17. 57

    Unfortunately, the CDC data does not address the issue at hand, which is how many children live in what we call a traditional family arrangement. I will explain.
    First, we have to address Nathan’s question–what does “traditional family” mean? From this blog it seems that it means hetero man meets hetero woman, they fall in love, they get married, they have a kid that shares their DNA, and they raise it till death to they part. This is what most people mean when they use the phrase.
    Back to the CDC data. In talking about whom children live with, the data you cite uses the term “married parents.” This term would include step parents, even though step parents are not biological parents. The data do break out children who are living with biological parents, but it does not detail what that arrangement means. So the data may not say what they seem to be saying. Case in point: My sister is divorced and remarried, one child. Custody of my nephew is shared jointly, so he lives with both of his biological parents. When he is with my sister, he also lives with a stepfather. So he lives with two “married parents,” and he also lives with two “biological parents.” But his two biological parents are not married, nor are they living together. This is a very common living arrangement. But you cannot say that my nephew lives in a traditional family, even though he would show up in the CDC data as living with married, biological parents.
    The data you cite also treat adoptive children in the same way that they treat biological children. So if a married couple divorces and has joint custody of their adoptive child, the child would show up in the data as living with both biological parents, even though the parents are not married and the child is a biological offspring of neither of them. The data also would treat gay couples that are married the same as it would heterosexual couples. If the married gay couple had a biological child, that child would legally be considered the biological offspring of both (according to the parameters of the study), even though that cannot possibly be true. The same situation would be true of hetero couples who use donated eggs or sperm, even though at best a child so conceived is only the biological child of one person in the couple. So, in the CDC data you would have the adoptive or non-biological children of married gay couples counting as children living with married, biological parents, as you would children conceived with donated sperm, donated eggs, and a surrogate. Yet the children of these unions/conception methods are not living in traditional families.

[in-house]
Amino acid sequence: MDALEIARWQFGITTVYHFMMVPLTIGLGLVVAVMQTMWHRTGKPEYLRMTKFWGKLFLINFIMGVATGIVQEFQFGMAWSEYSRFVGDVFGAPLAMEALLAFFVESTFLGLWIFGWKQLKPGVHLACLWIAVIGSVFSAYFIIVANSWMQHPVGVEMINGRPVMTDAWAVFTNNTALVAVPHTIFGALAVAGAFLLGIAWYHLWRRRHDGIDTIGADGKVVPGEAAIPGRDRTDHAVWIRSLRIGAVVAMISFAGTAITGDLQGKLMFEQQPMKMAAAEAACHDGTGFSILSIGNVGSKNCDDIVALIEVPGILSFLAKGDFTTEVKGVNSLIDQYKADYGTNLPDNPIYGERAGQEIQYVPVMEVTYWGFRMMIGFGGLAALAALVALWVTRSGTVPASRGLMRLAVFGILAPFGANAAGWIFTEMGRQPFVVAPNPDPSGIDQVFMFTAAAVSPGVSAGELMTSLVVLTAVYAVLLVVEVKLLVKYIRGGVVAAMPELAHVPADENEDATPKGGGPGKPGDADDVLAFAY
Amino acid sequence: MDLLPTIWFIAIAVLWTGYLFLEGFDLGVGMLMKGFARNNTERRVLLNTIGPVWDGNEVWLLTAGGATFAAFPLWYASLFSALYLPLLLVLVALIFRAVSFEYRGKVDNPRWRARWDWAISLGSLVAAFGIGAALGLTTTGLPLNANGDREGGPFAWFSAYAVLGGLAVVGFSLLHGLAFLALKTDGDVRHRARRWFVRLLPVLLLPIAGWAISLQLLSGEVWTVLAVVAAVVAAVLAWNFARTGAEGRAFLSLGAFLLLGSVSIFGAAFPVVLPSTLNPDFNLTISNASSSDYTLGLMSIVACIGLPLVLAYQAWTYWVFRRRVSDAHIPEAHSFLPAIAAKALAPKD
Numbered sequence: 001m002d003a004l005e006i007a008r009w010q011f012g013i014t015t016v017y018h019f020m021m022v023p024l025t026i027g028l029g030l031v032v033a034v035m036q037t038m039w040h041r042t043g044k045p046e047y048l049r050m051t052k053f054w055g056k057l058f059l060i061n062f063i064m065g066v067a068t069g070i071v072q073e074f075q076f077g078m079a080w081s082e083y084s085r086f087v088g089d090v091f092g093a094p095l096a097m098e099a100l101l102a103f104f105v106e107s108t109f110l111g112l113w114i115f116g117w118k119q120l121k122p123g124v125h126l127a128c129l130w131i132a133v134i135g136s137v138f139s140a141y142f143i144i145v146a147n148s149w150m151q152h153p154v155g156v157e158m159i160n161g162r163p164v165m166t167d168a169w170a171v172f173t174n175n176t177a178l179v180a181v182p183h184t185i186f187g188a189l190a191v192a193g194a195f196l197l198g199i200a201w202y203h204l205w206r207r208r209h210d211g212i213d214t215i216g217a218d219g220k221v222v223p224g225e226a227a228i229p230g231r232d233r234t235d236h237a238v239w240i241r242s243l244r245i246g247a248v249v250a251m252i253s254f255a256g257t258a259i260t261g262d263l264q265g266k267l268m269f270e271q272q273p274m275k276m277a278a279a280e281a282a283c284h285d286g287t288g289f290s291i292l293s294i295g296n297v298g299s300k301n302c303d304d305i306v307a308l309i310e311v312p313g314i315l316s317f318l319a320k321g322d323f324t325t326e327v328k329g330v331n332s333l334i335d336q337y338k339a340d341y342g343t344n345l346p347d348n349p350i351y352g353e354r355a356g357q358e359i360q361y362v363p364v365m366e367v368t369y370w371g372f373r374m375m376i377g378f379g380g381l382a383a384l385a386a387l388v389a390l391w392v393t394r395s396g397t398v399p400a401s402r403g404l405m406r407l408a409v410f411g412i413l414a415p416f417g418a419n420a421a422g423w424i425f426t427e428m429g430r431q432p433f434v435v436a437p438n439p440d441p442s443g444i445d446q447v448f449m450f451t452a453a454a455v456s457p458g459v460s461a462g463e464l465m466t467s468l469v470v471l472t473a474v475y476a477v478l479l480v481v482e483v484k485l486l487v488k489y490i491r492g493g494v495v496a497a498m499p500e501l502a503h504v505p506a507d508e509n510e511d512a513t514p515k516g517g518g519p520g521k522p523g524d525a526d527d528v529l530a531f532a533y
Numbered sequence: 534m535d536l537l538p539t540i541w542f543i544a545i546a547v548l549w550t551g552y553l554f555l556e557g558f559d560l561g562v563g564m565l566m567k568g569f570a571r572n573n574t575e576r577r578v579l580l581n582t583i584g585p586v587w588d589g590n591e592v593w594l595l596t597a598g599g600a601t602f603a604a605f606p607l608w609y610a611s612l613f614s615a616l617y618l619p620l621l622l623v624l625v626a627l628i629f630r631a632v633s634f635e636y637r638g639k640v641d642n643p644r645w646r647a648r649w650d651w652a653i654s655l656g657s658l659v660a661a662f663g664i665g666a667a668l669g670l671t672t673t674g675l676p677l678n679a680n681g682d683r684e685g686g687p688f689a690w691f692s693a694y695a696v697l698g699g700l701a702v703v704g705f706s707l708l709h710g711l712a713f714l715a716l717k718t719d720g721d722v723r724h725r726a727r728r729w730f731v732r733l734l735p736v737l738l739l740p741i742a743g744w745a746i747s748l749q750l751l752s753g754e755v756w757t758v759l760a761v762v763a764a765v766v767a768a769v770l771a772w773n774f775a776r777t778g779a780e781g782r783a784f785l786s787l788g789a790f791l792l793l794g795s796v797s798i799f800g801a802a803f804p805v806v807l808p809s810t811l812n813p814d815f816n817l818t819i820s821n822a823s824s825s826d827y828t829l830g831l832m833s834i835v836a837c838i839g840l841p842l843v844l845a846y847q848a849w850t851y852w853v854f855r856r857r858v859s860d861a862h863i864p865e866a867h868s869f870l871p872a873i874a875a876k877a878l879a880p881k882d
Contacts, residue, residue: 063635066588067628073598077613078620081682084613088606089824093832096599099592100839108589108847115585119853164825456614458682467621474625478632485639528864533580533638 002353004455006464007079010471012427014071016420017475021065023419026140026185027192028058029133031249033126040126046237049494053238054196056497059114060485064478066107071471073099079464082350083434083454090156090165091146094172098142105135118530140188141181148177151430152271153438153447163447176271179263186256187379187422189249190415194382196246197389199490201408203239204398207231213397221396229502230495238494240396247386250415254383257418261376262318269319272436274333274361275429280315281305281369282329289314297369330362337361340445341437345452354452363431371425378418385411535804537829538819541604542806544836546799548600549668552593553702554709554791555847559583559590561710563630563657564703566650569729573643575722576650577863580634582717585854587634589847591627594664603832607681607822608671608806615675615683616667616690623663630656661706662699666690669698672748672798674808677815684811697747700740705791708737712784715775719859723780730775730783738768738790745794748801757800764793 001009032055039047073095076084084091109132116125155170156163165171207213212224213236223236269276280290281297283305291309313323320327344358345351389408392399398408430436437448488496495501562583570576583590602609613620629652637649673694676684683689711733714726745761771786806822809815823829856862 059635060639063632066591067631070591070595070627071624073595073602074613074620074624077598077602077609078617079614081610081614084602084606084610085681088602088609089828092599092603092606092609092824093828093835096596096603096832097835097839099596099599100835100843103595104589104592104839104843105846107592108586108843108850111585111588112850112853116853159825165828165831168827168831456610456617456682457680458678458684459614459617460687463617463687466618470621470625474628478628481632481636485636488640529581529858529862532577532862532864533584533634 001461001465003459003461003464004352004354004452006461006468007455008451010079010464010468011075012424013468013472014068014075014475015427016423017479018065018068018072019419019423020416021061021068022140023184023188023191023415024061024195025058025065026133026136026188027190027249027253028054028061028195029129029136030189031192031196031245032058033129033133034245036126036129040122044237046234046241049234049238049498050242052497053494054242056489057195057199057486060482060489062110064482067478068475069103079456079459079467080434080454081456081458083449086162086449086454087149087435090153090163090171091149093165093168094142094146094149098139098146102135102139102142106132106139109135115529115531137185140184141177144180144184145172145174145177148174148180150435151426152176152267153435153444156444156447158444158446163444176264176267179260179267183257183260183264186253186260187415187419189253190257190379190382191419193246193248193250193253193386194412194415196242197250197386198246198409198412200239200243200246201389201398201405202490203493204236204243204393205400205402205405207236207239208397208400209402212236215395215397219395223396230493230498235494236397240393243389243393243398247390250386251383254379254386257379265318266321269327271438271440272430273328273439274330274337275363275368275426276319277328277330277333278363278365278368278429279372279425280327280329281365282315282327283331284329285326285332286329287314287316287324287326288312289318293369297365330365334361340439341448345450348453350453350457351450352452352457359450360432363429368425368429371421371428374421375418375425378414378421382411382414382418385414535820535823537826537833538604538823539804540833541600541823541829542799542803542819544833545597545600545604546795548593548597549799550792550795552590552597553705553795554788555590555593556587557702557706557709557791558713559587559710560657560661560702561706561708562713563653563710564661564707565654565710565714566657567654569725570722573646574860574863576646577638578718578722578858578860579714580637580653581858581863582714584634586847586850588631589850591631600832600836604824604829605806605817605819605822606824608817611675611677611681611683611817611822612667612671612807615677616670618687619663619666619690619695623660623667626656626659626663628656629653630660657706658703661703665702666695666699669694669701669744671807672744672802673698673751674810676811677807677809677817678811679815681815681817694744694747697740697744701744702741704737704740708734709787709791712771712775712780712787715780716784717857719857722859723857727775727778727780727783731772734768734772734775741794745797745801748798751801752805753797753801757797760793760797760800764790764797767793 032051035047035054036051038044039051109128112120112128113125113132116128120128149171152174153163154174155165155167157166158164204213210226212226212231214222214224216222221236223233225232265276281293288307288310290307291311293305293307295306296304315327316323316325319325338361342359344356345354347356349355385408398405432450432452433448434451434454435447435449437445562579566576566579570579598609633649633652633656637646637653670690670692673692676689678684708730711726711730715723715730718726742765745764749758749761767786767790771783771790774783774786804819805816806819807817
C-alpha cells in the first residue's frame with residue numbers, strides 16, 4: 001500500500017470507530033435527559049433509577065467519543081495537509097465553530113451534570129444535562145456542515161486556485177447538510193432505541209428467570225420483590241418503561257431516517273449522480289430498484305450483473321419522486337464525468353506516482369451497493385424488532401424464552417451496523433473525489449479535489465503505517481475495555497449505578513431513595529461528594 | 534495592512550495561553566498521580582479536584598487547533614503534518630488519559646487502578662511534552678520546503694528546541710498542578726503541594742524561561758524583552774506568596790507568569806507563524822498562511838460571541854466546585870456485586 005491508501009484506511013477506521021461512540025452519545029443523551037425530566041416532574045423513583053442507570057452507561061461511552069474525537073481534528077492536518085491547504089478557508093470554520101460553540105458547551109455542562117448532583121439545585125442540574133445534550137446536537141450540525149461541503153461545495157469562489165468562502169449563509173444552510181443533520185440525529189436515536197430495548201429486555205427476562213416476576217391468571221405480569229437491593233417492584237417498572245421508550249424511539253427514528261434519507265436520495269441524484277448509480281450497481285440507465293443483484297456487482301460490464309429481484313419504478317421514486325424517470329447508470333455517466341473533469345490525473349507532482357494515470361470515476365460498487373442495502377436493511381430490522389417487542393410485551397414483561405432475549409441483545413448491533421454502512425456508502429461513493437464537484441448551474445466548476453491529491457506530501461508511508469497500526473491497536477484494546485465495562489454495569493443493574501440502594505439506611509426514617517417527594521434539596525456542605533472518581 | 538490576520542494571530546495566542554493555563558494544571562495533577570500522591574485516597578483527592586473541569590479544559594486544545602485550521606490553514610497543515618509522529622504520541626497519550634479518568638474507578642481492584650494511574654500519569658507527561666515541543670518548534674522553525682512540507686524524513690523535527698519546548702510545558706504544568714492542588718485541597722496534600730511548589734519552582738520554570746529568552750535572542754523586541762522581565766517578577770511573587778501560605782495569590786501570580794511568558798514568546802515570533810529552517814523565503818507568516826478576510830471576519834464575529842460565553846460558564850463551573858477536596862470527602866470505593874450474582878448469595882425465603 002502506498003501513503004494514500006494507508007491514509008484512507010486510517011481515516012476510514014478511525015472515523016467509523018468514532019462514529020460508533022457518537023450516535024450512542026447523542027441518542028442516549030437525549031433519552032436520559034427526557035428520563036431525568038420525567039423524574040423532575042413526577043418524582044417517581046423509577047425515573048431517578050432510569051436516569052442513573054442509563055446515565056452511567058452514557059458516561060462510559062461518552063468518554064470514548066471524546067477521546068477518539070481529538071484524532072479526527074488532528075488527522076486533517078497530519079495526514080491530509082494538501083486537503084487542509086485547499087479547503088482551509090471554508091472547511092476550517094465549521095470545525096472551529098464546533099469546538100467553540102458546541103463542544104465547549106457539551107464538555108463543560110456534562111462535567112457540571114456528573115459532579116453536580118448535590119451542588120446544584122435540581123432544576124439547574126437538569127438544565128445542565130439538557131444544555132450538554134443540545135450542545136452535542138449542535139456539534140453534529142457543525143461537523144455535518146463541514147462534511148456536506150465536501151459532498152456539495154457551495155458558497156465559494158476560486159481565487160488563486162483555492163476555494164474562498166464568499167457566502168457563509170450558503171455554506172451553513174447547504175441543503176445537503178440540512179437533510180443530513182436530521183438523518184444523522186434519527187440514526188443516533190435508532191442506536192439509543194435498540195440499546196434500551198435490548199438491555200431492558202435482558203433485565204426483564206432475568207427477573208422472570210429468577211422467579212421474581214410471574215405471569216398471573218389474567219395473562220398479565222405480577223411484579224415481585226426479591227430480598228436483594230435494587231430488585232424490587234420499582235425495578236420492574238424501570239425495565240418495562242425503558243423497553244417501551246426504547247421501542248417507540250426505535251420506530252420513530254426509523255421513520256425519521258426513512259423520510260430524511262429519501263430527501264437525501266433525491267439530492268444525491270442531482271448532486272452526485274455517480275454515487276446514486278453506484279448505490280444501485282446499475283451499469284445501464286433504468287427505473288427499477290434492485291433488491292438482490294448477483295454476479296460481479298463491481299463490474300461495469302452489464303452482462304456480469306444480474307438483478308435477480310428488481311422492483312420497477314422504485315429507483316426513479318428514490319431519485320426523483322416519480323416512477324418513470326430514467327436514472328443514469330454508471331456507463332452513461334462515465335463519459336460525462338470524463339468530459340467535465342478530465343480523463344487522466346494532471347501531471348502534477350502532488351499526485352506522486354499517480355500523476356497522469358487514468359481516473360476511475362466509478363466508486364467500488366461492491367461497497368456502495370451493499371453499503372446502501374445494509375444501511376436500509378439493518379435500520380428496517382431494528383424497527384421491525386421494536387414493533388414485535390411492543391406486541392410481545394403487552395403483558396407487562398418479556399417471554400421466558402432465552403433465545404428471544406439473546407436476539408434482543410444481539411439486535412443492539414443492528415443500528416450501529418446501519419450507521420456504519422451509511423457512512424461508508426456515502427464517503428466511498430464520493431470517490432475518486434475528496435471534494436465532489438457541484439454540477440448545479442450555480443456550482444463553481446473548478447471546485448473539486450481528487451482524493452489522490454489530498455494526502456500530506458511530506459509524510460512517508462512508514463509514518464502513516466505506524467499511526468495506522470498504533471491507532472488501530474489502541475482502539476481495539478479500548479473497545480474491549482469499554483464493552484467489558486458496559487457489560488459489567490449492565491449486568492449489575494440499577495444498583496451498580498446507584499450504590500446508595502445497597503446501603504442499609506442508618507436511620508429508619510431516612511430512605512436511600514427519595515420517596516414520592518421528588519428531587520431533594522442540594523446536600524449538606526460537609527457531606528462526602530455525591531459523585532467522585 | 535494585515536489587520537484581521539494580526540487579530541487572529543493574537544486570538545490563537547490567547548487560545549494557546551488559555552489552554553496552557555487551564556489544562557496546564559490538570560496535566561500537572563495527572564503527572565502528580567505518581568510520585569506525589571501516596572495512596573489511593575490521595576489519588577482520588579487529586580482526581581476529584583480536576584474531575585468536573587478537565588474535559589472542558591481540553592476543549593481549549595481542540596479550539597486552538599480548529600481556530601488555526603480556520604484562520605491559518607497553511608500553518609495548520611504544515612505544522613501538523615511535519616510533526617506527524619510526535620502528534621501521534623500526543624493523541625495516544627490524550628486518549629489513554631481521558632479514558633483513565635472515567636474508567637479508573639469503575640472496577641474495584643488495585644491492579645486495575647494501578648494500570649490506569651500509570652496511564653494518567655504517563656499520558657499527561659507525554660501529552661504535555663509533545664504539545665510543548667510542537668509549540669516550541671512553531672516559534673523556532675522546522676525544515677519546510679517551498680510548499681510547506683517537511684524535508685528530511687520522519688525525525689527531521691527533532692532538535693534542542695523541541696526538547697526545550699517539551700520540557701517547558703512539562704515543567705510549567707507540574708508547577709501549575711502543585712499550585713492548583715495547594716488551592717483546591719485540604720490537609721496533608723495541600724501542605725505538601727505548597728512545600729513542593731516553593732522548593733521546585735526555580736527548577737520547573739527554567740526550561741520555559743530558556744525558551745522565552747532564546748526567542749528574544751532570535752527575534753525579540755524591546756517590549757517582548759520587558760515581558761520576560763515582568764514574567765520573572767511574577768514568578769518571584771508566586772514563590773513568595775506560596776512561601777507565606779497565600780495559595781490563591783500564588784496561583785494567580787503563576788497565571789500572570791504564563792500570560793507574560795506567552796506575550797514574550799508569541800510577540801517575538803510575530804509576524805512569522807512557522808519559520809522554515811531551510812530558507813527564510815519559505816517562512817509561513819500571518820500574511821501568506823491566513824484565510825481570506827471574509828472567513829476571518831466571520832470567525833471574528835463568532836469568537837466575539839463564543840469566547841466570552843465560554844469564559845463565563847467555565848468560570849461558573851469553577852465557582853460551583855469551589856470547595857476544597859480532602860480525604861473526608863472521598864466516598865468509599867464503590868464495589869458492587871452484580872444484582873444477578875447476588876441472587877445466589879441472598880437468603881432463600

So I still say that the majority of children do not live in traditional families anymore.  The 25% figure would take into consideration the diversity of situations I laid out above, which the CDC figures do not. But I’m getting the source of the 25% figure for you so you can read it for yourself–it’s from a book I read recently. Probably Andrew Cherlin’s book called “The Marriage-Go-Round.”
    Also, a footnote: The divorce rate doesn’t factor into the equation at all unless there is a 1:1 correlation with the act of getting married and the act of having a child, which there isn’t. Not every marriage produces a child. So the divorce rate (50%) wouldn’t tell us anything about the prevalence of children living in nontraditional families.

  18. 58


    please. Let it go.   

  19. 59

    Sayanta: People asked for the explanation, and I responded. Sorry if that bothers you. Also, for those who are interested and want to look for themselves, I was looking at the most recent CDC report, from 2009.

  20. 60
    Lawyer Gal

    [email protected]: Here are the numbers you’re looking for, from a law journal at Boston College. The citations are a little old, though:

    “In the United States today, less than 25% of the population live in traditional families–that is, families consisting of legally married parents and their children.(2)The other 75% live in various types of “non-traditional” families.(3)Of these, the Bureau of the Census estimates that approximately 2.6 million households are composed of unmarried heterosexual couples living together, and that another 1.6 million are composed of same-sex couples living together.(4)
    Footnote 2: The Committee for Family Protection, Family Protection Act Summary, 1 (1991) (on file with author) (this summary of impact of municipal domestic partnership ordinances was prepared by proponents of domestic partnership ordinance proposed in Boston, Massachusetts in Spring 1991).
    Footnote 3: See Vada Berger, Domestic Partnership Initiatives, 40 DEPAUL L. REv. 417, 417 n.3 (1991).
      Footnote 4: Victor F. Zonana, Census Will Count” Unmarrred Partners” for First Time, L.A. TIMES, Feb. 15, 1990, at A38.

    1. 60.1
      Evan Marc Katz

      This has strayed far from the original point, but just to put a cap on it, less than 25% of the population living in traditional families does NOT make Lara’s case. That’s 25% of the ENTIRE population. We were talking about the percent (and well-being) of kids who are brought up in traditional nuclear families. And since the non partisan CDC says that’s about 50% of children are brought up that way, that’s the figure we’re going to go with.

Leave a Reply

Your email address will not be published. Required fields are marked *